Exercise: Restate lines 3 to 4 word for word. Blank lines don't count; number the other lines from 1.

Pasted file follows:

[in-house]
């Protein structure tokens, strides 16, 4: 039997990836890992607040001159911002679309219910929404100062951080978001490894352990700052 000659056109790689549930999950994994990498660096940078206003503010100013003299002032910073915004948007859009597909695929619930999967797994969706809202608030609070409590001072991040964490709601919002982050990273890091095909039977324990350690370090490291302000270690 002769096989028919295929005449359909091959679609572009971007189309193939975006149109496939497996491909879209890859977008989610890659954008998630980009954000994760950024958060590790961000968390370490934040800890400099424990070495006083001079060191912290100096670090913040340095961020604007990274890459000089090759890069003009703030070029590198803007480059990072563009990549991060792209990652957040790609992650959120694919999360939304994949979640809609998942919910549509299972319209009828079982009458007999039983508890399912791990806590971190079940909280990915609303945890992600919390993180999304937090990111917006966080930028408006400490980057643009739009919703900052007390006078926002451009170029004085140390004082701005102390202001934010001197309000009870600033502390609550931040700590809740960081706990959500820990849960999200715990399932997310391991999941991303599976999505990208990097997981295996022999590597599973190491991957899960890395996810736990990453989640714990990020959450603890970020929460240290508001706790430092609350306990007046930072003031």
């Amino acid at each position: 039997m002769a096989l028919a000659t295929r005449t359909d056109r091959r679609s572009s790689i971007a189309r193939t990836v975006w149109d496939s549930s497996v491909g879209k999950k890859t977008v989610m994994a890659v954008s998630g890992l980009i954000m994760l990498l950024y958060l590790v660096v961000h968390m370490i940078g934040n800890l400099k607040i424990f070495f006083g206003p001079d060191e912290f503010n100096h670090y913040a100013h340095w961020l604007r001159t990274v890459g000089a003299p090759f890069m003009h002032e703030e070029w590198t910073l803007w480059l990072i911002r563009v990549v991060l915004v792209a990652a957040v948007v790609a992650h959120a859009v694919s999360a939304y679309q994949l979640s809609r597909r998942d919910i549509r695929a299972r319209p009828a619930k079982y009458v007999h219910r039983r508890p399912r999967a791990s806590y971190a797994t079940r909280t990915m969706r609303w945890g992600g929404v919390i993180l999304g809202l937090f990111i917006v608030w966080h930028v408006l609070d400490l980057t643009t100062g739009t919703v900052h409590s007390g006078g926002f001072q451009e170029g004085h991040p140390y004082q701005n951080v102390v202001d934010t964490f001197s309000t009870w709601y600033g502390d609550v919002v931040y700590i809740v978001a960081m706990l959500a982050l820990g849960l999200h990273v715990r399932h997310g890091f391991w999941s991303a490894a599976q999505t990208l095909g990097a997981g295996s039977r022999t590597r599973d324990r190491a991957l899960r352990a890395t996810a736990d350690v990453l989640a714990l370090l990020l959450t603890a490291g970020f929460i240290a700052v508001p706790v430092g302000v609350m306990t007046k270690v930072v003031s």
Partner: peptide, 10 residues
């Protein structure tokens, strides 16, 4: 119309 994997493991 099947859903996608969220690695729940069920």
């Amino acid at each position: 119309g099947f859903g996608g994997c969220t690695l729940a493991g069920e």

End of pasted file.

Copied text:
């Amino acid at each position: 039997m002769a096989l028919a000659t295929r005449t359909d056109r091959r679609s572009s790689i971007a189309r193939t990836v975006w149109d496939s549930s497996v491909g879209k999950k890859t977008v989610m994994a890659v954008s998630g890992l980009i954000m994760l990498l950024y958060l590790v660096v961000h968390m370490i940078g934040n800890l400099k607040i424990f070495f006083g206003p001079d060191e912290f503010n100096h670090y913040a100013h340095w961020l604007r001159t990274v890459g000089a003299p090759f890069m003009h002032e703030e070029w590198t910073l803007w480059l990072i911002r563009v990549v991060l915004v792209a990652a957040v948007v790609a992650h959120a859009v694919s999360a939304y679309q994949l979640s809609r597909r998942d919910i549509r695929a299972r319209p009828a619930k079982y009458v007999h219910r039983r508890p399912r999967a791990s806590y971190a797994t079940r909280t990915m969706r609303w945890g992600g929404v919390i993180l999304g809202l937090f990111i917006v608030w966080h930028v408006l609070d400490l980057t643009t100062g739009t919703v900052h409590s007390g006078g926002f001072q451009e170029g004085h991040p140390y004082q701005n951080v102390v202001d934010t964490f001197s309000t009870w709601y600033g502390d609550v919002v931040y700590i809740v978001a960081m706990l959500a982050l820990g849960l999200h990273v715990r399932h997310g890091f391991w999941s991303a490894a599976q999505t990208l095909g990097a997981g295996s039977r022999t590597r599973d324990r190491a991957l899960r352990a890395t996810a736990d350690v990453l989640a714990l370090l990020l959450t603890a490291g970020f929460i240290a700052v508001p706790v430092g302000v609350m306990t007046k270690v930072v003031s």
Partner: peptide, 10 residues